South Korean auto parts suppliers are staggering due to lower sales in China, one of the biggest markets in the world, and the GM Korea issue.
Parts makers' woes have sparked concerns that the domestic auto component supply ecosystem could break down, hurting the competitiveness of Korean automakers,
The crisis of Korean auto parts makers that have entered the Chinese market is illustrated by the ongoing restructuring efforts of DAS Corp.
DAS Corp. established DAS (Beijing) Automotive Component, its first overseas subsidiary, in 2003. The Chinese affiliate's success encouraged the company to set up production lines in India, Brazil and Turkey as well as the United States and the Czech Republic. The company has also increased the number of its subsidiaries in China to nine. DAS currently has four wholly owned subsidiaries and five other Korea-China joint ventures in China.
However, the company started to restructure its China operations last year as sales dropped sharply. The restructuring efforts include the sale of DAS (Beijing) Automotive Component, one of the company's symbols.
Some relate the company's move to sell off the Chinese unit to the ongoing political controversy surrounding former President Lee Myung-bak, the alleged owner of DAS Corp.
However, the speculation holds little water as DAS is pushing for the sale of its Beijing unit in secret and it takes a long time to close the sale process.
The real reason may be the plunging sales of the Chinese subsidiary, which supplies everything it produces to Hyundai Motor Co. Hyundai Motor’s sales in China have dropped due to the THAAD dispute.
Markt watchers say that DAS is seeking to sell its subsidiary in Beijing because it is hard to see an upturn in performance in the future.
The sales of DAS (Beijing) Automotive Component fell slightly from 184.6 billion won (US$171.96 million) in 2015 before the controversy over the THAAD to 176.2 billion won (US$164.14 million) in 2016. The figure then plunged to 109.3 billion won (US$101.82 million) in 2017 after the controversy over the THAAD erupted.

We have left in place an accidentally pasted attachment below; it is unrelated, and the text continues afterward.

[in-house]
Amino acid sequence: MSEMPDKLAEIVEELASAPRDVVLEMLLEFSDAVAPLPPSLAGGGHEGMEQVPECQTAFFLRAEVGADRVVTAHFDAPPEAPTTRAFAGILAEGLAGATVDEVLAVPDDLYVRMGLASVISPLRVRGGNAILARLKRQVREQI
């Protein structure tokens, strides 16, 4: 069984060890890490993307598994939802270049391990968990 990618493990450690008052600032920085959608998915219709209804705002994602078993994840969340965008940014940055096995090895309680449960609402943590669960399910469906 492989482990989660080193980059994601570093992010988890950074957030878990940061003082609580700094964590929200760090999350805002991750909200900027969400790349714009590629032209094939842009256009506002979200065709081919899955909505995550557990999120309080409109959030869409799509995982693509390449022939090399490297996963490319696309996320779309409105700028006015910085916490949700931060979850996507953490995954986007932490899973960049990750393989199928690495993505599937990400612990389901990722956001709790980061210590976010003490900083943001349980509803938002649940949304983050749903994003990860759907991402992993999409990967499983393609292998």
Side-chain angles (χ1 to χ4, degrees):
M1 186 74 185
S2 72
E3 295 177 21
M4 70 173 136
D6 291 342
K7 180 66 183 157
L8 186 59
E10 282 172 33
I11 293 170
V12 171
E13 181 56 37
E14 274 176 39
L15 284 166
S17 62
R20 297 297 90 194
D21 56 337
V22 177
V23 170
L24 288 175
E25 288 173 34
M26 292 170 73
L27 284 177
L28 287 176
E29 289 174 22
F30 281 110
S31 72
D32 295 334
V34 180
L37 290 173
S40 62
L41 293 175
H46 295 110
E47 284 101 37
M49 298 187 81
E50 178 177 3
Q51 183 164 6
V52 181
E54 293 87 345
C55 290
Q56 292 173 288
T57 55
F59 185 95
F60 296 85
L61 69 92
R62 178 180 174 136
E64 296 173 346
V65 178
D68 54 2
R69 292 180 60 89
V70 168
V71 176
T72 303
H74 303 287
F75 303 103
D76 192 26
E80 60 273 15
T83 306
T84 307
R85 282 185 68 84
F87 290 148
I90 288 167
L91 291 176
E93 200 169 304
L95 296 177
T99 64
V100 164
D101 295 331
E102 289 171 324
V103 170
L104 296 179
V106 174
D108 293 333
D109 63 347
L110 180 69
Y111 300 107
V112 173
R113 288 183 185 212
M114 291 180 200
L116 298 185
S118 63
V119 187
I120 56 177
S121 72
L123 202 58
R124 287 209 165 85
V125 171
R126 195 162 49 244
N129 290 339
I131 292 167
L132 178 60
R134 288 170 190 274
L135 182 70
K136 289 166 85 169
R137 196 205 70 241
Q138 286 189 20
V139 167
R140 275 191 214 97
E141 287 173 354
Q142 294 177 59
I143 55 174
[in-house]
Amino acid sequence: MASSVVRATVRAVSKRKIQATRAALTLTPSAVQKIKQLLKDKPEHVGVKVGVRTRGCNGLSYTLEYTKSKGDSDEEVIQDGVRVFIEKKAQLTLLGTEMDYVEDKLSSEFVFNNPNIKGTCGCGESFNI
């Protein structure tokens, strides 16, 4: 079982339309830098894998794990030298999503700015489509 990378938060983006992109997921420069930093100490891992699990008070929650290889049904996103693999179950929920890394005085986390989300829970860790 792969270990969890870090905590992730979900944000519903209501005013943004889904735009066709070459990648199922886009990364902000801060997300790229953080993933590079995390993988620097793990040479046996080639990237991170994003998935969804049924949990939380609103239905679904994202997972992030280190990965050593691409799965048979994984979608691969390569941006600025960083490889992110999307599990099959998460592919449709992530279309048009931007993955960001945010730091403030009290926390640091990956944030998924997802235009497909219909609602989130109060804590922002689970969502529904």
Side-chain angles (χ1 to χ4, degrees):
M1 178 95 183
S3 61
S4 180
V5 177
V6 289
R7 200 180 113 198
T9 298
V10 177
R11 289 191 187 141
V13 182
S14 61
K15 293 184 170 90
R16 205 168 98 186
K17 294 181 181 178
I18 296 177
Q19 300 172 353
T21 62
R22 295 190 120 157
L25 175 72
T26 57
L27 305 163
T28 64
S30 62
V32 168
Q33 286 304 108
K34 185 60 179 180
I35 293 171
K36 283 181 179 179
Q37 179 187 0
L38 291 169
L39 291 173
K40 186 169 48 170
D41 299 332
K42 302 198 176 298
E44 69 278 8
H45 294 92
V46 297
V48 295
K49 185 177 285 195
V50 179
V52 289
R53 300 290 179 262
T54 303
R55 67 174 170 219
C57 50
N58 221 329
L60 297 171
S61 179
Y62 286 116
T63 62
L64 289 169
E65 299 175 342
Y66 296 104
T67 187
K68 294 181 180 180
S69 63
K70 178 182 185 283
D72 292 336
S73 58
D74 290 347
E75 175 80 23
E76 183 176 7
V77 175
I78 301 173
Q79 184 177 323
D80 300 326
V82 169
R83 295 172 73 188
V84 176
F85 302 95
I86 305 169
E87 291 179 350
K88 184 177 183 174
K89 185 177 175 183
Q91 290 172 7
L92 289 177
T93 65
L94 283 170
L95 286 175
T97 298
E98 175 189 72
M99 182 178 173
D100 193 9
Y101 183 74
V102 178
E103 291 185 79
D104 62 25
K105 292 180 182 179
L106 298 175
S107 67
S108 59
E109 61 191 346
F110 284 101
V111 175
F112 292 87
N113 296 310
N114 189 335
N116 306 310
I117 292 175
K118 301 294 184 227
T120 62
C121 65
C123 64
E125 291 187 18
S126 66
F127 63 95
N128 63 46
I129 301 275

The company's balance sheet recorded a surplus in 2015 at 3.9 billion won (US$3.63) million but posted a loss in 2016 and 2017 at 1.4 billion won (US$1.3 million) and 8.7 billion won (US$8.1 million), respectively.
There has been a continuing controversy over who owns DAS in South Korea. But the political controversy seems to have little to do with the company's move to sell off its subsidiary in China.
Analysts say that what motivated DAS Corp. to push for the sale of its Chinese unit was its dim prospects. They note that the sale of the Beijing subsidiary could be the signal for restructuring of its other foreign subsidiaries.
A CEO from a South Korean auto component producer in China described the difficulty facing Korean companies this way: "Profits of auto parts makers have reached a limit as their plant operating ratio has fallen to the 60 percen level compared with two years ago, while fixed costs remain unchanged."
He added that as a result, auto parts manufactures have been striving to survive by cutting down costs. Some are considering selling their companies to Chinese firms that have an interest in the auto parts industry.
To make matters worse, auto parts companies in China would suffer a harsh blow if GM Korea files for court receivership. They are preparing for a crisis by downsizing their workforce and operations.
Another CEO from an auto parts company said, “The conflict over the THAAD issue has not been completely resolved so many suppliers haven’t received money for their parts deliveries yet. This is why many heads of suppliers are considering restructuring or leaving the parts business.”